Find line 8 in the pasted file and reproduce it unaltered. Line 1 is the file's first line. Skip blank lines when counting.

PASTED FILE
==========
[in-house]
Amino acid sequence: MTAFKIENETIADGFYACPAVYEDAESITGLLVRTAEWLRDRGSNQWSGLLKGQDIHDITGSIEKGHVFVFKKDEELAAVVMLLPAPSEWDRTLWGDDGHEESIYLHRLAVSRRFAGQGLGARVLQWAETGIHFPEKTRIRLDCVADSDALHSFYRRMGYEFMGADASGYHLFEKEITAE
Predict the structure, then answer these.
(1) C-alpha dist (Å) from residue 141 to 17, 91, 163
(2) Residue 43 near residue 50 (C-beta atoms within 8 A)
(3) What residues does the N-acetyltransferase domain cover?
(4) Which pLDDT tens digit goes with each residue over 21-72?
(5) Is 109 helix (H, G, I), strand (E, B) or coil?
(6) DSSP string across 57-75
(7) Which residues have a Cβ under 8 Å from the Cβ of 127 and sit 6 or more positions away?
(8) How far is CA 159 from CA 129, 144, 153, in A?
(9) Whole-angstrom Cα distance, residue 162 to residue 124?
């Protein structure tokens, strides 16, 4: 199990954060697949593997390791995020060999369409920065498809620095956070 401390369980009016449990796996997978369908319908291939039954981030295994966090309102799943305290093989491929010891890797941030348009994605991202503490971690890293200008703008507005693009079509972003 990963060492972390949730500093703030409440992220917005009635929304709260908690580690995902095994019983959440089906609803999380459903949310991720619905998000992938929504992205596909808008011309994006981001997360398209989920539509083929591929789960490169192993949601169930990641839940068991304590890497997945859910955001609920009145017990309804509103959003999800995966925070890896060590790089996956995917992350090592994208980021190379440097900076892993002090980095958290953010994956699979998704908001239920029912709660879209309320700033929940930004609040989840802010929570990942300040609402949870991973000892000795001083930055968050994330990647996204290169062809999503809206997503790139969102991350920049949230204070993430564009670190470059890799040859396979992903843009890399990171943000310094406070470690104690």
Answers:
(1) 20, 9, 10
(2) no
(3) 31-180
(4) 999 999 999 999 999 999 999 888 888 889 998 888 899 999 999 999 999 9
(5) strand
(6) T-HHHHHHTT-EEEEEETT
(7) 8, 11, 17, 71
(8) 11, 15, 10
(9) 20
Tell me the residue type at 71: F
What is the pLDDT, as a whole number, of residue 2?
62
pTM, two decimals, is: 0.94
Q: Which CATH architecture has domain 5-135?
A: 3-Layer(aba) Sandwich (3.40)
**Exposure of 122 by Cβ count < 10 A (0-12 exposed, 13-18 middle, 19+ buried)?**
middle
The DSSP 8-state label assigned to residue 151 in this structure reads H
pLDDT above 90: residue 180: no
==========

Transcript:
(5) Is 109 helix (H, G, I), strand (E, B) or coil?